Today I watched my five-year-old son run down the street to play with the neighbor kids. I let him go, as I saw the light in his eyes when the neighbor girl knocked on the door and asked him to play. He was so excited. How could I refuse? I followed him, sitting halfway down the block between where they were playing and our house so he could play, but I could still see him.
The two neighbor children are both eight. They rode scooters and bikes. Then they moved to basketball, and then to driveway hockey. As I watched them play, I listened to their conversations. I could hear some sweet and playful discussion, some negotiation about the rules of driveway hockey, and also some talking down to my son from the older kids. In their opinion, he was too little to do some of the things they were doing, or at least too little to do them well.
Now obviously I am a proud parent, and I believe my son can keep up with the best eight-year-olds any day...and really, he can. He's wise and physical beyond his years. But to the neighbor kids, he is five, they are eight, and that means he's at the bottom of the totem pole. Fair enough.
As I sat and listened to them banter from afar, I was proud of my son for his reasoning and politeness. He took all of the conversation in stride and was proud, even when they said things about him being little. It took everything in me not to interject. I kept myself quiet at times when they clearly were not playing fair, and I let them work out their disagreements on their own. I know that my son needs to learn to deal with all kinds of interactions, and he did great. I was kind of a mess.
After a particular incident of unfairness, my son's five-year-old emotions finally got the best of him and it was time to go. I reflected on this experience as we walked home. I realized after struggling to sit back and let playtime unfold, that this, at its simplest, was the beginning of my practice of letting him go. My heart sank. I will eventually have to let him go.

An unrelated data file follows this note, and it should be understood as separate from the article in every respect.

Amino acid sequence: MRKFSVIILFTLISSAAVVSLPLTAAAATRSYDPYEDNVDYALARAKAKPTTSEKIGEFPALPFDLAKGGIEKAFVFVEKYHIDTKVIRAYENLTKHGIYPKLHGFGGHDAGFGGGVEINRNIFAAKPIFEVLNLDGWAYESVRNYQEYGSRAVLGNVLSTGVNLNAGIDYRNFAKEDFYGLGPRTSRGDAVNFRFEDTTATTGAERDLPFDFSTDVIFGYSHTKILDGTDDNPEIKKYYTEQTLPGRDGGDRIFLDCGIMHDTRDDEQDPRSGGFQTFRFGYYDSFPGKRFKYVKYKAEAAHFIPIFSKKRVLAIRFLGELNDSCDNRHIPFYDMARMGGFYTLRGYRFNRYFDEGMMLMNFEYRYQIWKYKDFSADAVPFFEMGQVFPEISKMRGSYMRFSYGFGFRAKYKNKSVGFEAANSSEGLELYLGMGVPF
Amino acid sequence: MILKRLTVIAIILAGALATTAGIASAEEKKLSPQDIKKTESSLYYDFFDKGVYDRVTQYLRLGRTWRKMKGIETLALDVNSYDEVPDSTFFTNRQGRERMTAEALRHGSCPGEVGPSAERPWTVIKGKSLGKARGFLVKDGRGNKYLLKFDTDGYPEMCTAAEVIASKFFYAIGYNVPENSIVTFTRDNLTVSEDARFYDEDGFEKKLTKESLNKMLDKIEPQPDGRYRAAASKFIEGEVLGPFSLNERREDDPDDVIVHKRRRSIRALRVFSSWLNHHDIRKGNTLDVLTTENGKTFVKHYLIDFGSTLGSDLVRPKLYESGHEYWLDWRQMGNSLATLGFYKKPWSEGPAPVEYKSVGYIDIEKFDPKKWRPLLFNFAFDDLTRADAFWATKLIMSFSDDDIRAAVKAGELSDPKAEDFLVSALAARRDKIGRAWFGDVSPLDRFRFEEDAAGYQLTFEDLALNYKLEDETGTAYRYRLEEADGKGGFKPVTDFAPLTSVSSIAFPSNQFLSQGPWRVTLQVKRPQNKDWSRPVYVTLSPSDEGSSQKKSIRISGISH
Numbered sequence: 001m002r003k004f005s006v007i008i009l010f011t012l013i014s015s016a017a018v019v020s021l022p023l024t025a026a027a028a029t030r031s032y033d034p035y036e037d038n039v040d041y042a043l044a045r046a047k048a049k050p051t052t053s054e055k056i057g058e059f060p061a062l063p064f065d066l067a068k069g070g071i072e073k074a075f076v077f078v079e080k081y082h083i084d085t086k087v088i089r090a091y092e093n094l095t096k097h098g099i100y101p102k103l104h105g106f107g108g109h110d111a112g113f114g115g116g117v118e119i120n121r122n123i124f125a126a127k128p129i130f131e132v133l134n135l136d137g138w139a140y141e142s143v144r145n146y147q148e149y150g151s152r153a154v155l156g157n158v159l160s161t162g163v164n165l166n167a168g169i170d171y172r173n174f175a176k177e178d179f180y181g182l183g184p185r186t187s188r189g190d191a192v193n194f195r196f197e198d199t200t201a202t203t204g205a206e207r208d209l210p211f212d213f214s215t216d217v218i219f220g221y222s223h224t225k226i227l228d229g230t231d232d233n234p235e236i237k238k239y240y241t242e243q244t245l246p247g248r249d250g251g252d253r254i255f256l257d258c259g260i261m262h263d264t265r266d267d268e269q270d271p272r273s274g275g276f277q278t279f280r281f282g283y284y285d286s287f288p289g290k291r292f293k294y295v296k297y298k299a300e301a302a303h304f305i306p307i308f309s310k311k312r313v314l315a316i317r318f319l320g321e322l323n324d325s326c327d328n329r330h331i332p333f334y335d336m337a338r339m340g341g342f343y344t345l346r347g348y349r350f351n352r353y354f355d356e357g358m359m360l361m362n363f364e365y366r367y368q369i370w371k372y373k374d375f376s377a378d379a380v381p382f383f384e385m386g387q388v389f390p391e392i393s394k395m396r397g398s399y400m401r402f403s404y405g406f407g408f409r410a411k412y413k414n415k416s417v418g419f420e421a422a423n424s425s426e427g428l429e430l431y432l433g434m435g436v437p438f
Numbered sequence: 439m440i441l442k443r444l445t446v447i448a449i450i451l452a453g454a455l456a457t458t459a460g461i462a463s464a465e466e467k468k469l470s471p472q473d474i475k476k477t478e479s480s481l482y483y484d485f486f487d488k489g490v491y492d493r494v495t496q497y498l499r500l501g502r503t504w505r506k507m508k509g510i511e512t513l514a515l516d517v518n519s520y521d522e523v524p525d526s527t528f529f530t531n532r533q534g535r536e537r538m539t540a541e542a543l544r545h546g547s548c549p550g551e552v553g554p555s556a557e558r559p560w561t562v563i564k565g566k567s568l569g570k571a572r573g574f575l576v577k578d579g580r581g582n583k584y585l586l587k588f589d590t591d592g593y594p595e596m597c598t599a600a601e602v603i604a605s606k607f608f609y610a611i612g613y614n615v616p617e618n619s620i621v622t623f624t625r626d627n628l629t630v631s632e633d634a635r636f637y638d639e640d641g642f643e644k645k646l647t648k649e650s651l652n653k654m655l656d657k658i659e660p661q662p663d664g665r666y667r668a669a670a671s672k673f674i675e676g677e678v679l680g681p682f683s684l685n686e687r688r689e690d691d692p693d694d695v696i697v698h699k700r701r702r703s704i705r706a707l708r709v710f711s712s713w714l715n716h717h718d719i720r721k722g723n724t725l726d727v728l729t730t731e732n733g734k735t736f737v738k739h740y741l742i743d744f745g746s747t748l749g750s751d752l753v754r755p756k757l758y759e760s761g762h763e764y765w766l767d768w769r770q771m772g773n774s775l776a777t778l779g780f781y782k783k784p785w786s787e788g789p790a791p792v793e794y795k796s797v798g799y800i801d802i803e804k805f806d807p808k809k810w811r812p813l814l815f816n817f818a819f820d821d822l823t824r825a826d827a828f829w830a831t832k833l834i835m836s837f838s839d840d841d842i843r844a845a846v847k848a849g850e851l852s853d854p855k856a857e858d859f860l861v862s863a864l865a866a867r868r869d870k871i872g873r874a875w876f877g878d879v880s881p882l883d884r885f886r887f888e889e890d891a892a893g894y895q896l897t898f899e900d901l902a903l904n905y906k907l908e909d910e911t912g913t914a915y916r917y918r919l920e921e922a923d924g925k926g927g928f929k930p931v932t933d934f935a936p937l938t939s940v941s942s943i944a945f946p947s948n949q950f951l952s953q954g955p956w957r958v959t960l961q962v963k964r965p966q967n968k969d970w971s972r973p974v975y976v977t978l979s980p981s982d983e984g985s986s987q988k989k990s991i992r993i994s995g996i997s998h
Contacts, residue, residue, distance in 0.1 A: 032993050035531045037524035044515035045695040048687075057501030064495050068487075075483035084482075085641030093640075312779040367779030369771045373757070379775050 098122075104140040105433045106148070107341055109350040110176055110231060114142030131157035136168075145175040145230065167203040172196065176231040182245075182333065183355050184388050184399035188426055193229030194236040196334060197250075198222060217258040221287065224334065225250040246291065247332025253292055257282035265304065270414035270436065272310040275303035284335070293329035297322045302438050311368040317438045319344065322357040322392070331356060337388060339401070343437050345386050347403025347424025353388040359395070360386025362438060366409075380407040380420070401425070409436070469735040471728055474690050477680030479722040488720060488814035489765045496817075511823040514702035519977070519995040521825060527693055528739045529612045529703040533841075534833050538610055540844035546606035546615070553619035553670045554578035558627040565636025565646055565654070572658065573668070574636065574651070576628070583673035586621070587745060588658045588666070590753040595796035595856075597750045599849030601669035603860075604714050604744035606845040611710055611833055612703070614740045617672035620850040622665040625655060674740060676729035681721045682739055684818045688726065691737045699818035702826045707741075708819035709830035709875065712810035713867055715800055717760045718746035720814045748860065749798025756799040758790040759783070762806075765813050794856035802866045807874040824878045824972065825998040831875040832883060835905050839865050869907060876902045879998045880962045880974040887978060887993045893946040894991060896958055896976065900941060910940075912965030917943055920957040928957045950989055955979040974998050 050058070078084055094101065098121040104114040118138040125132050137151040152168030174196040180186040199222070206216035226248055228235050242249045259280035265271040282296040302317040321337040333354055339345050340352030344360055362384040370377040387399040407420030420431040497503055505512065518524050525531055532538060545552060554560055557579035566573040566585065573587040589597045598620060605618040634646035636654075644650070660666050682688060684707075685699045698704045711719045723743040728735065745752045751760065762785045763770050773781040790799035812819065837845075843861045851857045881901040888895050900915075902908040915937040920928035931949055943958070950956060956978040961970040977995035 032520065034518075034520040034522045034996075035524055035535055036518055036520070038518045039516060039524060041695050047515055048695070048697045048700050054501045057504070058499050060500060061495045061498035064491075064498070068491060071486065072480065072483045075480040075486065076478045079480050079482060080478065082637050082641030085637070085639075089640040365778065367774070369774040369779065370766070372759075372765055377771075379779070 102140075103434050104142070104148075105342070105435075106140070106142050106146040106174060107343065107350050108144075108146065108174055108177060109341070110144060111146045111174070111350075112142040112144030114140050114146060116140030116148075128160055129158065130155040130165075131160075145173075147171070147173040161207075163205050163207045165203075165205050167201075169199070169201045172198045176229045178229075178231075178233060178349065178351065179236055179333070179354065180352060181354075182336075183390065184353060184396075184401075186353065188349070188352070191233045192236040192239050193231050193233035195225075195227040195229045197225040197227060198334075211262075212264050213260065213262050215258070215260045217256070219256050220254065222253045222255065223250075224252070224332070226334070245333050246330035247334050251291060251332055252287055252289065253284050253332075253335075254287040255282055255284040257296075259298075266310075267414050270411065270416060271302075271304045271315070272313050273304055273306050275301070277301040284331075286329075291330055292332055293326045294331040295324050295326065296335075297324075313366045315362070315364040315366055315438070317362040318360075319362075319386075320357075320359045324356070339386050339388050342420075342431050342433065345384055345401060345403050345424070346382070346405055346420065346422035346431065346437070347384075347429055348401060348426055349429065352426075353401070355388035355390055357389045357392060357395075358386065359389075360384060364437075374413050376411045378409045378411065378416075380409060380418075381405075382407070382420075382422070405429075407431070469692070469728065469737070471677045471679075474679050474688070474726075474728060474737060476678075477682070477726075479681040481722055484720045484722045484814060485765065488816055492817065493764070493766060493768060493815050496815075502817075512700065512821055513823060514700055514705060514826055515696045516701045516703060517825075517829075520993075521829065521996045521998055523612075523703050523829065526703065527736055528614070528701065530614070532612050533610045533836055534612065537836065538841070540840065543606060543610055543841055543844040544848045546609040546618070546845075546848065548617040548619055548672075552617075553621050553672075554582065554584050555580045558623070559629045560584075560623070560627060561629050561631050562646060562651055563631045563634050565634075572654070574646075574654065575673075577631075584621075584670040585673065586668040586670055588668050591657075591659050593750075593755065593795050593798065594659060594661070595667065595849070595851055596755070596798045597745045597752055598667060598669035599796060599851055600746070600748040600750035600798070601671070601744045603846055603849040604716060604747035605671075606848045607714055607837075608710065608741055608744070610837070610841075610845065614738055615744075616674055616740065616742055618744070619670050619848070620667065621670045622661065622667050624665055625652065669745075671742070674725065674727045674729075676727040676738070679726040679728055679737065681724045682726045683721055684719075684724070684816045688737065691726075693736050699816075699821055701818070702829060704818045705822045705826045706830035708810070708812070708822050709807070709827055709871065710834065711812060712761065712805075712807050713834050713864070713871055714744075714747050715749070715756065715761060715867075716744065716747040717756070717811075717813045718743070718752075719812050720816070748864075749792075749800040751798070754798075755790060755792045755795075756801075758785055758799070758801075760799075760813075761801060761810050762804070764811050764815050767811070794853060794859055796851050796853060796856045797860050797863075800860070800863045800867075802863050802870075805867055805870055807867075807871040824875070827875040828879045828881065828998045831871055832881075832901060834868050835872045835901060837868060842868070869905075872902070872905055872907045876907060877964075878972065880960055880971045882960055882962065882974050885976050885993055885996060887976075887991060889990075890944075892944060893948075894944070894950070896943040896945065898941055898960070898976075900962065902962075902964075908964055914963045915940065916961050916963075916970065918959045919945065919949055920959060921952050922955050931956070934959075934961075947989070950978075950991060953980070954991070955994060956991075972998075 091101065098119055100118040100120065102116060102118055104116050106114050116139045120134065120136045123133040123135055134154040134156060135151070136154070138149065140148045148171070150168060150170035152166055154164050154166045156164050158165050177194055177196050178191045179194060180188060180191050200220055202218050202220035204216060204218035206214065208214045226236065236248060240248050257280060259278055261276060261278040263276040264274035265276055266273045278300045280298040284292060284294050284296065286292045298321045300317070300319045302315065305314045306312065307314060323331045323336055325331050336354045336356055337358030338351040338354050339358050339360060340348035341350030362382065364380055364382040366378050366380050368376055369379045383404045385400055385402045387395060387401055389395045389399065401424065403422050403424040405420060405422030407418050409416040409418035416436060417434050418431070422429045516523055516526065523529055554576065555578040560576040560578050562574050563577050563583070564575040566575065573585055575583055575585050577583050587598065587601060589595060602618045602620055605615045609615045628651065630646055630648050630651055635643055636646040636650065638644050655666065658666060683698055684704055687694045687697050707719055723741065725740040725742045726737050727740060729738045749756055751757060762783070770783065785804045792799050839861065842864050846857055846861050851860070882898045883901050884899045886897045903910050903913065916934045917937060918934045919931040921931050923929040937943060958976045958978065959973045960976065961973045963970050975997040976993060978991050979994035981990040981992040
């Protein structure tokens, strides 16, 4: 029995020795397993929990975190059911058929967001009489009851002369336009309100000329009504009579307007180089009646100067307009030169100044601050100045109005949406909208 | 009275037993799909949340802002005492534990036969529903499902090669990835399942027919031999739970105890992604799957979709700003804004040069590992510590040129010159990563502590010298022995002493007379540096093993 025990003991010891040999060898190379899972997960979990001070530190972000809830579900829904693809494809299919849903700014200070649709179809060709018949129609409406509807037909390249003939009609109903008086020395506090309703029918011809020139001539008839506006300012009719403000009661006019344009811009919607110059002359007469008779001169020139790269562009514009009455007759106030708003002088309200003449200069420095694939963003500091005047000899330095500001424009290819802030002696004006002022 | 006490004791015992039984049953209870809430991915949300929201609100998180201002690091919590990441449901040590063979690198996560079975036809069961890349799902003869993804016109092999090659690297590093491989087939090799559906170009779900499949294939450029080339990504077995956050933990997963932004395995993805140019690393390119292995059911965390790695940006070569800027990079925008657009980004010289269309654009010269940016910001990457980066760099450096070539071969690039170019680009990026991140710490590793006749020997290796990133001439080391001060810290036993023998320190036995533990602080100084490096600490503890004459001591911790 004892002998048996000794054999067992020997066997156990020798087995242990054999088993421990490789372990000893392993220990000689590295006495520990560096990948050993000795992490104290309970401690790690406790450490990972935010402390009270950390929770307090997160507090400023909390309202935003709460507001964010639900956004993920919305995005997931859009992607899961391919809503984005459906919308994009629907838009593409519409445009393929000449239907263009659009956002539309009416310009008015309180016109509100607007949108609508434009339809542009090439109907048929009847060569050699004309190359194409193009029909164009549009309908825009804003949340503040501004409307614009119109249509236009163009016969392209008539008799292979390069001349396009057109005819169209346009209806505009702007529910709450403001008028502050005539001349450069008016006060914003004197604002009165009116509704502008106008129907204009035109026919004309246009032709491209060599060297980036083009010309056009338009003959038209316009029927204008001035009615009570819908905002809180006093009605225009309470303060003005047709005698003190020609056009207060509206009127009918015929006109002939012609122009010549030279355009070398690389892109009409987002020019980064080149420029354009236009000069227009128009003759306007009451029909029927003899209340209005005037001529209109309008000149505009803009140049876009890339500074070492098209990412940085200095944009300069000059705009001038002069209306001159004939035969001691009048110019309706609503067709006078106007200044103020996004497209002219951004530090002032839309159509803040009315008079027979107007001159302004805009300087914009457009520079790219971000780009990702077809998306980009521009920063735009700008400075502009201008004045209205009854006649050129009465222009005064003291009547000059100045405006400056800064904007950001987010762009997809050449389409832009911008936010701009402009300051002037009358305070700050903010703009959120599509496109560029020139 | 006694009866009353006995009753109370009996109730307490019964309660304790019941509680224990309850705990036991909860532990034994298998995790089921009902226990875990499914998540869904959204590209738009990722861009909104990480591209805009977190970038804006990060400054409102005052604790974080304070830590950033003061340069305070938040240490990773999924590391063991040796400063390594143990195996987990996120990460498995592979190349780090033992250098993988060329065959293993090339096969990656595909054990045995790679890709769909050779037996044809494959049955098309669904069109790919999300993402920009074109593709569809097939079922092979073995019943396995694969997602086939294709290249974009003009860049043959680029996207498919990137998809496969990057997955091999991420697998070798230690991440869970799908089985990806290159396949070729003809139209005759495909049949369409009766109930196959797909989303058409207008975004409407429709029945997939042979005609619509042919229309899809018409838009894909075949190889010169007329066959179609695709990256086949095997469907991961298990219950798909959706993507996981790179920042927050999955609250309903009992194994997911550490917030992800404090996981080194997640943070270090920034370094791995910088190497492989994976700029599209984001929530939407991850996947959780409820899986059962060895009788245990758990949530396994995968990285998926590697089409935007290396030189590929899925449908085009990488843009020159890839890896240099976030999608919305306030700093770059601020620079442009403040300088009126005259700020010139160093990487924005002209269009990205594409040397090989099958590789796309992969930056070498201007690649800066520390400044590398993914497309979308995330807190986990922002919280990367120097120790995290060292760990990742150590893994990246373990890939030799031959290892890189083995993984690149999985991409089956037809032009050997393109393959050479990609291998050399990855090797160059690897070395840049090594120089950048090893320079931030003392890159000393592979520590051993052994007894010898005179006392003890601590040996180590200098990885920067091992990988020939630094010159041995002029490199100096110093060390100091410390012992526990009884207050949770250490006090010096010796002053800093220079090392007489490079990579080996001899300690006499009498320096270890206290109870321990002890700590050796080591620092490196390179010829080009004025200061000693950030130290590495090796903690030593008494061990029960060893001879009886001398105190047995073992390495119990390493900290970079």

Now, this may seem like an extreme conclusion from watching him play with the neighbor kids, but this is our reality as parents. Interactions and situations like these happen daily. Parenting is in fact, a constant act of letting go. I guess that these little moments are preparing us for the ultimate point when they go off into the world to live their own lives. These little situations each day build us up and prepare us for the inevitable. If you think about it, we only really get our children for a very short time, and then as quickly as they came into the world, we begin to let them go.
We start by letting them fall when they are learning to walk so they learn to balance. We send them to daycare or school. We let them choose their own clothes, and shoes, and hairstyle. We let them play with the neighbor kids down the street, and try not to interfere. And as every parent knows, there are so many more things big and small along the way.
Now the question I am left asking myself is, how will I handle all of this? How will I ultimately let this boy, my boy, go? Right now all I want to do is hold him tight and keep him five forever. And that is why I will call it practice. The practice of letting go, because truly I don't think I am very good at it, and I am not sure I ever will be. But for him, I will keep practicing, and we will both be stronger for it.